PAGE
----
Procter & Gamble (P&G), a household name synonymous with everyday essentials, has found itself entangled in several lawsuits in recent years. These cases highlight various consumer protection concerns, raising questions about product marketing and ingredient transparency.

One recent lawsuit dotyczy (dotyczy – Polish for “concerns”) NyQuil and DayQuil, popular cold and flu remedies [3]. The plaintiff alleges that P&G misled consumers by prominently featuring “made with real honey” or “flavored with real honey” on the packaging, despite honey being absent from the ingredient list [3]. This lawsuit, filed in 2023, centers around unfair business practices and deceptive advertising, potentially violating the Consumer Legal Remedies Act [3].

Another case involved a wider range of P&G products, including Secret, Old Spice, and Pantene aerosols [2]. This lawsuit, settled in 2021, alleged that these products were marketed without disclosing the presence of benzene, a potential carcinogen [2]. While P&G maintains its marketing was truthful, the lawsuit highlights the importance of clear ingredient disclosure for consumer safety [2].

P&G has also faced legal challenges beyond product marketing. A 2022 Supreme Court case involved a former employee’s gender bias claim, which the court ultimately declined to hear [5]. This case, while not directly related to consumer products, demonstrates the various legal issues that can arise for a large corporation.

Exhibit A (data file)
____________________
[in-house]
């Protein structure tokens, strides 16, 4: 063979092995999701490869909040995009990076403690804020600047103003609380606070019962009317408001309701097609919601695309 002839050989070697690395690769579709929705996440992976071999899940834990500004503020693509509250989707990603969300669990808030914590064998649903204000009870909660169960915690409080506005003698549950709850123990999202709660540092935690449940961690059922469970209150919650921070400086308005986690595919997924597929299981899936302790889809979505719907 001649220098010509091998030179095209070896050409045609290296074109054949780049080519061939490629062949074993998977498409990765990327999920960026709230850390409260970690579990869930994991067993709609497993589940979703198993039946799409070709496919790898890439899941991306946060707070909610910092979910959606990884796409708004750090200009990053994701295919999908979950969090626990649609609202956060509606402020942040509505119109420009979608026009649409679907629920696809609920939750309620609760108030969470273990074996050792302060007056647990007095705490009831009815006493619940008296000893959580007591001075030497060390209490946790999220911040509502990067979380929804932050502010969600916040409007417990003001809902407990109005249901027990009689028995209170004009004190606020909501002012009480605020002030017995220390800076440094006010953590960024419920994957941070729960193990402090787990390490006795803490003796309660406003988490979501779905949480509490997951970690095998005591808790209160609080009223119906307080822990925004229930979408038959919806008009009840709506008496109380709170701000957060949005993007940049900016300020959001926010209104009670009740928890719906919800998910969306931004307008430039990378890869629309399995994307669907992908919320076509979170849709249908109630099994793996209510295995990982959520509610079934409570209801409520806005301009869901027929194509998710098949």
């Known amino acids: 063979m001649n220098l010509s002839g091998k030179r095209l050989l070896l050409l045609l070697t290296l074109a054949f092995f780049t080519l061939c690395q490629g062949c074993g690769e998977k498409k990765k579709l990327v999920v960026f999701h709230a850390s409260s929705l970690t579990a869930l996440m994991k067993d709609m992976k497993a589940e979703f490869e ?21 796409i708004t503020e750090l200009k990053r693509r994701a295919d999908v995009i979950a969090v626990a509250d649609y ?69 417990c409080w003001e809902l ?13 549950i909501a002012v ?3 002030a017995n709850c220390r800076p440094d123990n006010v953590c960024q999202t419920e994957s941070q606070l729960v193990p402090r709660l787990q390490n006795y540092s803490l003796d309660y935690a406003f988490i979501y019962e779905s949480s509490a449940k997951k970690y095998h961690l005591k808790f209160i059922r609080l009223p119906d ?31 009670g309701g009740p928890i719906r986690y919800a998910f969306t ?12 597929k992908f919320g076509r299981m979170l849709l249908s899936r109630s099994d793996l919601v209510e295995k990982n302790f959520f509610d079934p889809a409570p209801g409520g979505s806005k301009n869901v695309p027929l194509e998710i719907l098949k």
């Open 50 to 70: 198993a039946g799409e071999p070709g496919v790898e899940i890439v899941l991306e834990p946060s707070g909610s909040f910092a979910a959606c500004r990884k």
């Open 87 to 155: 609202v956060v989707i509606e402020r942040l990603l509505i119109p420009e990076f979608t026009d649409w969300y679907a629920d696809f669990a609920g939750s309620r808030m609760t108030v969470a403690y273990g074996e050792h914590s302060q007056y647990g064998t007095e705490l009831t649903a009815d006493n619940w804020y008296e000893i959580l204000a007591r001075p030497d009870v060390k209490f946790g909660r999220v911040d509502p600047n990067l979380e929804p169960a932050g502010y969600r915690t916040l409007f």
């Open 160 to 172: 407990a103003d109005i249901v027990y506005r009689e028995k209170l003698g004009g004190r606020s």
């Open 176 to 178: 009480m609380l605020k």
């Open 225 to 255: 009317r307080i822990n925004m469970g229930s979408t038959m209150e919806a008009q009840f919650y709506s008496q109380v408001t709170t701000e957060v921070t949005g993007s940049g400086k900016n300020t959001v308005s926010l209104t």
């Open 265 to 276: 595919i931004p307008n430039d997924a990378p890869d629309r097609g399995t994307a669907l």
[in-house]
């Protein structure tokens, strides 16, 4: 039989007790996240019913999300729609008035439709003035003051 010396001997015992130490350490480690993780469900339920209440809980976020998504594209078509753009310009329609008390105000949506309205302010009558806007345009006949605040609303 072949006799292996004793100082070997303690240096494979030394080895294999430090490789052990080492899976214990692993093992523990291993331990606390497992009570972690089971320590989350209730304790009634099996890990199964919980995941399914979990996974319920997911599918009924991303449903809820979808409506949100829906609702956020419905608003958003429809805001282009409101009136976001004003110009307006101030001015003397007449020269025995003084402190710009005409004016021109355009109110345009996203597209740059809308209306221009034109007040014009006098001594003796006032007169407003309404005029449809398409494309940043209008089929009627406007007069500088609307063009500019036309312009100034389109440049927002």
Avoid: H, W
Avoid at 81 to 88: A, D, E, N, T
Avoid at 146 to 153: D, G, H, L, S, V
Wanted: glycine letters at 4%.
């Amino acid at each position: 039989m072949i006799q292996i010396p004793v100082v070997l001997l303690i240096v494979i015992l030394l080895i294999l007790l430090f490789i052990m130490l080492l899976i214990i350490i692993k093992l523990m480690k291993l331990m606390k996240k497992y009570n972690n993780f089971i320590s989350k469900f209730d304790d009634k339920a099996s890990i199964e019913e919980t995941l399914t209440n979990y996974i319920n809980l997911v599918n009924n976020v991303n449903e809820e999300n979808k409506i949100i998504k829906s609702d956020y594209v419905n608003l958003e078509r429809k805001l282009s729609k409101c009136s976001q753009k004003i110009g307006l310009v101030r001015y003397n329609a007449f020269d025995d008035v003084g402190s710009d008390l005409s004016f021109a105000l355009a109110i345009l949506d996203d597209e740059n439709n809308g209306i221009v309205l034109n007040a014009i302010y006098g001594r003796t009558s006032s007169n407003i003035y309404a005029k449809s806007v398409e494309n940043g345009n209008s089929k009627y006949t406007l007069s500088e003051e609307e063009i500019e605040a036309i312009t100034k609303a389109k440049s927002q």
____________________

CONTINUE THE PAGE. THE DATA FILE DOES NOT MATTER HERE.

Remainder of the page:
These lawsuits serve as reminders for both consumers and corporations. Consumers should be critical of marketing claims and pay close attention to ingredient lists. Corporations have a responsibility to ensure transparency and accuracy in their marketing and to prioritize consumer safety.

References:

[3] Law.com Radar (2023). Class Action Claims Procter & Gamble Misrepresented DayQuil, NyQuil Ingredients
[2] In re. Procter & Gamble Aerosol Products Marketing & Sales Practices Litigation
[5] HR Dive (2022). Supreme Court declines to hear former Proctor & Gamble employee’s gender bias case

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